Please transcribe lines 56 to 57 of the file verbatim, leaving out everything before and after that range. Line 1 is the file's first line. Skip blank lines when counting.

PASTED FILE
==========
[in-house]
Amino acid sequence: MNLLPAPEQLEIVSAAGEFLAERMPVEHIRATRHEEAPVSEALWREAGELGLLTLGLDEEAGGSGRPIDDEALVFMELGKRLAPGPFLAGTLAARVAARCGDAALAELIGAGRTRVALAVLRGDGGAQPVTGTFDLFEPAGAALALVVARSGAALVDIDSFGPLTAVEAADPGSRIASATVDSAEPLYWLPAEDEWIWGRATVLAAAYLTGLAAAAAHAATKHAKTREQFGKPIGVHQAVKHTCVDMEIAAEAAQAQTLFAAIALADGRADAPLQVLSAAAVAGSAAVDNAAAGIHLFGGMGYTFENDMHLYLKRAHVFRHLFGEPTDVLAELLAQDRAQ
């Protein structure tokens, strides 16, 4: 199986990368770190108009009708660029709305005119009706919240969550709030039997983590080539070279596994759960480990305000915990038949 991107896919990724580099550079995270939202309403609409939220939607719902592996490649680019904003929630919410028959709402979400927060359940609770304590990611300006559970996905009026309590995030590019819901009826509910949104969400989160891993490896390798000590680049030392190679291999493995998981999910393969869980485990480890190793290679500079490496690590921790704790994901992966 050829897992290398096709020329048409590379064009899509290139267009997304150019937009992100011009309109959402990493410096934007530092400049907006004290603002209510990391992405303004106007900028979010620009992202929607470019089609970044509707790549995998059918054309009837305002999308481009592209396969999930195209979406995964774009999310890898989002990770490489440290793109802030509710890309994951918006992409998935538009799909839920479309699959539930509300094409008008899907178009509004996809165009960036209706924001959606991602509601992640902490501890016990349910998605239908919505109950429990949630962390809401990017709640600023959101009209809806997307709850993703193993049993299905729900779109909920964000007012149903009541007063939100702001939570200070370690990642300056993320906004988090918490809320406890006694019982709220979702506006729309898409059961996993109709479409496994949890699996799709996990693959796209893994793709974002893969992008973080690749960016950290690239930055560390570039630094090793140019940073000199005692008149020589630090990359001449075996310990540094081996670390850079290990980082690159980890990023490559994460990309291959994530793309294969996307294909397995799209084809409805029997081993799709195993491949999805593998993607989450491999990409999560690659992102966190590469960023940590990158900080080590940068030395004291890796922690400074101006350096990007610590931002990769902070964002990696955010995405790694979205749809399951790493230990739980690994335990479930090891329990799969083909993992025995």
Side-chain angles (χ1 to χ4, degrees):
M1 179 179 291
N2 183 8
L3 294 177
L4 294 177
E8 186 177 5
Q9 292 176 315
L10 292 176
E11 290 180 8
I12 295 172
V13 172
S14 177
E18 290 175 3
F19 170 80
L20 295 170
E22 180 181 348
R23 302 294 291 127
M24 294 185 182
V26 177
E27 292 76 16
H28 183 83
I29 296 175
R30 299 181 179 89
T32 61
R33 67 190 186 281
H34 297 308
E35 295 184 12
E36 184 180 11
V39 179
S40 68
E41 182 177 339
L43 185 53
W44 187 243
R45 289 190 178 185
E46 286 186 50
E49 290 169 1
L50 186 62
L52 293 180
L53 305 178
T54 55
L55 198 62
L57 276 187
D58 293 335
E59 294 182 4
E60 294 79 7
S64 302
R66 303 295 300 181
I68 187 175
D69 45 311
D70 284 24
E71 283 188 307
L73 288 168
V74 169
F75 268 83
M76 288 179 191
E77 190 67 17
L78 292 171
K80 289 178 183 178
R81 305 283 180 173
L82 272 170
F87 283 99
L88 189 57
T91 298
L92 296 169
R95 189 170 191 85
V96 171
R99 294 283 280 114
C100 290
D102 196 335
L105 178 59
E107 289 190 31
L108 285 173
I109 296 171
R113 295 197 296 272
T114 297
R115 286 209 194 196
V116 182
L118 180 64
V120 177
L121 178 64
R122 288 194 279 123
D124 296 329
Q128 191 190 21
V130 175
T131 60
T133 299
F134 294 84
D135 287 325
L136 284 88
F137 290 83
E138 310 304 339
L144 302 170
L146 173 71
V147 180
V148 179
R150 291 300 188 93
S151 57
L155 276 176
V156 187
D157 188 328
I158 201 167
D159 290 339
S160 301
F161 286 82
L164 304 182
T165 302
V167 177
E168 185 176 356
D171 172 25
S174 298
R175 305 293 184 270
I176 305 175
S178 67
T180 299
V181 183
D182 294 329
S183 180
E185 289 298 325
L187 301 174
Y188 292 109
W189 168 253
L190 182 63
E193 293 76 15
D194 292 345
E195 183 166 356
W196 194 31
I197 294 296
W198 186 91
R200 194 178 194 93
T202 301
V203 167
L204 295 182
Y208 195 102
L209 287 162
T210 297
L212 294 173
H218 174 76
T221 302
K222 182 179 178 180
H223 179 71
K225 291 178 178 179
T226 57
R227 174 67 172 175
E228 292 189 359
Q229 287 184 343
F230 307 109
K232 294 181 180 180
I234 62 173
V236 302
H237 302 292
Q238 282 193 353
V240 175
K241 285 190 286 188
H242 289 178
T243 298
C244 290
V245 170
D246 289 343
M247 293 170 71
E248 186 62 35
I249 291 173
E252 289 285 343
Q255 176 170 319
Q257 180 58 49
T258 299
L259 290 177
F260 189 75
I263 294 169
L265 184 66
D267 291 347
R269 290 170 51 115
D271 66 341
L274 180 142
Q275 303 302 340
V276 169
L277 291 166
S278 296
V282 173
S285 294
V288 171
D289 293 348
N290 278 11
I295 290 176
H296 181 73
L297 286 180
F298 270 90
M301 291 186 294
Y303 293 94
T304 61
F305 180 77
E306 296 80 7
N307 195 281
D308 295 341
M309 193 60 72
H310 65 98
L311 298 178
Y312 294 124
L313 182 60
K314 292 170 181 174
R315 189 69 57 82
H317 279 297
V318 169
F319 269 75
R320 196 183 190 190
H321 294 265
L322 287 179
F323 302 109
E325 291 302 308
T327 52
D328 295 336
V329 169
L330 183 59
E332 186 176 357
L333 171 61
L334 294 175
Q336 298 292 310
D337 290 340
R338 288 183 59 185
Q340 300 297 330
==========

V74 169
F75 268 83